All that said, I don’t agree that she deserves a refund in the first place, especially since they extended the expiration date of the flight credit (and apparently waived change fees). It’s too bad that she couldn’t fly because of health problems, but that’s the risk you take buying a nonrefundable ticket. I think AirTran offered some wiggle room here even if they never offered to refund the ticket.

  • Michael__K

    They were under no obligation to offer her a full refund.  But if they claim they did, then they need to honor that offer.  If they were able to reach her to let her know about the ticket extension then they should have been able to reach her to let her know about the refund.  And besides why was her “approval” even necessary (unless her credit/debit card was no longer valid)?

  • fordmann

    I don’t really understand how the travel industry gets away with keeping your money and not providing travel.  I get the “non-refundable” policy, but a credit is different.  If you buy a gift card and never use it, most states have laws that they can’t expire or at least after 5 years the money not used is escheated to the state, which you can claim later.  Why aren’t there similar laws for travel? Just asking.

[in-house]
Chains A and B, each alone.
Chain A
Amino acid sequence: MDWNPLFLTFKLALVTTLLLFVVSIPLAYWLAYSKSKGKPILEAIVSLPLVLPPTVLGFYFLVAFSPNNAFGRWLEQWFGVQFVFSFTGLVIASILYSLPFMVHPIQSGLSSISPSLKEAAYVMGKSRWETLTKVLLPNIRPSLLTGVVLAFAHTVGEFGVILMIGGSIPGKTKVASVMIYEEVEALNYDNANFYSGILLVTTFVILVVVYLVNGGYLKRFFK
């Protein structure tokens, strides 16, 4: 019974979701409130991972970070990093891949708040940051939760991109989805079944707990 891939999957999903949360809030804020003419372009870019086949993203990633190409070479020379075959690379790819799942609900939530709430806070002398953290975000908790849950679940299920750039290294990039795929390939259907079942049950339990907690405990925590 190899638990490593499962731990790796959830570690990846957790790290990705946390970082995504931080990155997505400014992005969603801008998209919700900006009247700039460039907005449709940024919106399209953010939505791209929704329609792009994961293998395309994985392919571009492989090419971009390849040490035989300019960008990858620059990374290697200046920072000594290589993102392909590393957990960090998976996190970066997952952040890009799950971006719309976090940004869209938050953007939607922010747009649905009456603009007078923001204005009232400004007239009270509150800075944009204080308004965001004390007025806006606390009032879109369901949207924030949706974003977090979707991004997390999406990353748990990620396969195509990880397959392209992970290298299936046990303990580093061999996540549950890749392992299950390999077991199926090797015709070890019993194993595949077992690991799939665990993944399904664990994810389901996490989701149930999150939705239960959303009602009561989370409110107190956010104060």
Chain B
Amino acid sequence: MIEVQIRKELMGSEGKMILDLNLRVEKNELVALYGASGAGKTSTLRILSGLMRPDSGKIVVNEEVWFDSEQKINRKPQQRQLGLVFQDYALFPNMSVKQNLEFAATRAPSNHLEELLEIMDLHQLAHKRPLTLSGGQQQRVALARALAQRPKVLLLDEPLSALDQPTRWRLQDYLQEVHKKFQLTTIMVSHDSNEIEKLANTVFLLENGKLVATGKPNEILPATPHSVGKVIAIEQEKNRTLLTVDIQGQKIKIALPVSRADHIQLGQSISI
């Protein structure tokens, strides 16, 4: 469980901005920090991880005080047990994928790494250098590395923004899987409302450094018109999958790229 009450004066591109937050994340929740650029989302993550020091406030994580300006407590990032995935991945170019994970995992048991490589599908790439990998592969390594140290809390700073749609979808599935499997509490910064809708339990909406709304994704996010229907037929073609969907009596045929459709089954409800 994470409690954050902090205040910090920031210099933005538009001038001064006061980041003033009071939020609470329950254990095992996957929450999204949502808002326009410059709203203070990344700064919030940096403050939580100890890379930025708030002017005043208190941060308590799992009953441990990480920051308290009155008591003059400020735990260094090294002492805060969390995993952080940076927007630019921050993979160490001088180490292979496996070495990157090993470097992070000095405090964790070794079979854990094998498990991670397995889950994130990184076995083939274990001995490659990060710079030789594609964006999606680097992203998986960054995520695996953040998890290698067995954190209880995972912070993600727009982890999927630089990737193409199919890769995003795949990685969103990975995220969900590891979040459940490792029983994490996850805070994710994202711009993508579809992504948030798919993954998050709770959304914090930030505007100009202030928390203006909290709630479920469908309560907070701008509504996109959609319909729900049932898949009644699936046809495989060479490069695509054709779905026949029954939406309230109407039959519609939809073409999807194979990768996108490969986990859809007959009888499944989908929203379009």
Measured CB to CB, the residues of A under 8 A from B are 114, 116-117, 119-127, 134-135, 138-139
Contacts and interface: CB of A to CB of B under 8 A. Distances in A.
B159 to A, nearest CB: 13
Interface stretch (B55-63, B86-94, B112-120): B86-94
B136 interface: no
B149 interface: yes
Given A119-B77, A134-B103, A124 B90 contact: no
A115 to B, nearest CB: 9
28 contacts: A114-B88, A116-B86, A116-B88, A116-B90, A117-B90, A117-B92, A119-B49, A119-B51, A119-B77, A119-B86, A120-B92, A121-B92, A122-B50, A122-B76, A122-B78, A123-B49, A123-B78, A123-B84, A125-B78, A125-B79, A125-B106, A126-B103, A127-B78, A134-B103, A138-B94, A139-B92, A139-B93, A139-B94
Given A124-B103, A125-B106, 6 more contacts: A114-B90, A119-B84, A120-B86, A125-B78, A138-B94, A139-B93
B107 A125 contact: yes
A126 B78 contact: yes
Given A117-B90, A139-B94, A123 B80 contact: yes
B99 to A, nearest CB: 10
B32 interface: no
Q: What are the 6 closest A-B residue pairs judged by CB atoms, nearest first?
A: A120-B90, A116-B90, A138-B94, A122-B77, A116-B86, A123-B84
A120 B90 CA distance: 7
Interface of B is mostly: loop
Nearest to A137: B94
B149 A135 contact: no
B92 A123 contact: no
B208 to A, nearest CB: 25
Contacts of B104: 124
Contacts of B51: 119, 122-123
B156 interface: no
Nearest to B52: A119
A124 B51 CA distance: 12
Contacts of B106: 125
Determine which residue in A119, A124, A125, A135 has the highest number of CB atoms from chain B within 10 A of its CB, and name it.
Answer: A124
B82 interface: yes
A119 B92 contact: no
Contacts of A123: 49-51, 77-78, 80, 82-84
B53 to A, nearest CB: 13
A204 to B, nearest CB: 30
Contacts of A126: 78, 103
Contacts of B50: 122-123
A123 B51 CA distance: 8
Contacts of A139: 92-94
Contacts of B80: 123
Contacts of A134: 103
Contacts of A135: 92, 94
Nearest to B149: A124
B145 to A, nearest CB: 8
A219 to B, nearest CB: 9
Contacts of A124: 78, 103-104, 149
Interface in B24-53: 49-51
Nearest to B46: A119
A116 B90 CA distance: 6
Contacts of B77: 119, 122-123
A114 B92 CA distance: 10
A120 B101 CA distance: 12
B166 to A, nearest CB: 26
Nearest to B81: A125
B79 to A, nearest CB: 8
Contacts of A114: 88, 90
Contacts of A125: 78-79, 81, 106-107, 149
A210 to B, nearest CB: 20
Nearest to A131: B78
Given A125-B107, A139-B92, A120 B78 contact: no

• MikeInCtown

    As someone who has a bad back going 15+ years now, and knowing my mom, who has had back surgery, it does not take a year to recover. The credit was good and she could have flown anywhere to use the funds. While I would have liked to have seen her get the credit issued, she allowed the credit to expire and needs to take blame.. BTW, could have sold them to someone for cheap or given the credit away and let them pay a change fee for the name and given a nice gift for a vacation.

  • IGoEverywhere

    Rules are rules and they were broken 2 times by the airline. Insurance was available for I would guess $15.00 or less. Emergencies happen to alot of us and we all hate to lose money. Donna has no complaint what so ever. It was her emergency, and it could have easily been taken care of. Leave it alone!

  • IGoEverywhere